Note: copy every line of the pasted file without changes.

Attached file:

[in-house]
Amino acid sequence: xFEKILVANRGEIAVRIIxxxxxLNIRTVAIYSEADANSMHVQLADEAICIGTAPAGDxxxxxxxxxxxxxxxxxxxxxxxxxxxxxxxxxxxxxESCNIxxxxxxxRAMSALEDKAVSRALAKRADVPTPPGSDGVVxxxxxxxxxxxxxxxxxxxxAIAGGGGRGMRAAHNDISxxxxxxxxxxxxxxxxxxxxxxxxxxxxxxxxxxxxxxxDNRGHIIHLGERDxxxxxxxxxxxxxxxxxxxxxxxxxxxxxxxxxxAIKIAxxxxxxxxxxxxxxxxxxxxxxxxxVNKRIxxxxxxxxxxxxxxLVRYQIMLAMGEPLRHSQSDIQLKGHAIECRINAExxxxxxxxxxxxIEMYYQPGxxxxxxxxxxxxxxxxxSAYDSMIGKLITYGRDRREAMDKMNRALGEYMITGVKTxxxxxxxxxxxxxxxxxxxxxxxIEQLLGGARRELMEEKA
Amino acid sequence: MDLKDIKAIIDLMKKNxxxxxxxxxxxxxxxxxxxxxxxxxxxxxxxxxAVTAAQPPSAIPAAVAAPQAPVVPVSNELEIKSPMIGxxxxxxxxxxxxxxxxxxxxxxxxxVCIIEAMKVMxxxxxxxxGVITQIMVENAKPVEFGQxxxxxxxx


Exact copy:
[in-house]
Amino acid sequence: xFEKILVANRGEIAVRIIxxxxxLNIRTVAIYSEADANSMHVQLADEAICIGTAPAGDxxxxxxxxxxxxxxxxxxxxxxxxxxxxxxxxxxxxxESCNIxxxxxxxRAMSALEDKAVSRALAKRADVPTPPGSDGVVxxxxxxxxxxxxxxxxxxxxAIAGGGGRGMRAAHNDISxxxxxxxxxxxxxxxxxxxxxxxxxxxxxxxxxxxxxxxDNRGHIIHLGERDxxxxxxxxxxxxxxxxxxxxxxxxxxxxxxxxxxAIKIAxxxxxxxxxxxxxxxxxxxxxxxxxVNKRIxxxxxxxxxxxxxxLVRYQIMLAMGEPLRHSQSDIQLKGHAIECRINAExxxxxxxxxxxxIEMYYQPGxxxxxxxxxxxxxxxxxSAYDSMIGKLITYGRDRREAMDKMNRALGEYMITGVKTxxxxxxxxxxxxxxxxxxxxxxxIEQLLGGARRELMEEKA
Amino acid sequence: MDLKDIKAIIDLMKKNxxxxxxxxxxxxxxxxxxxxxxxxxxxxxxxxxAVTAAQPPSAIPAAVAAPQAPVVPVSNELEIKSPMIGxxxxxxxxxxxxxxxxxxxxxxxxxVCIIEAMKVMxxxxxxxxGVITQIMVENAKPVEFGQxxxxxxxx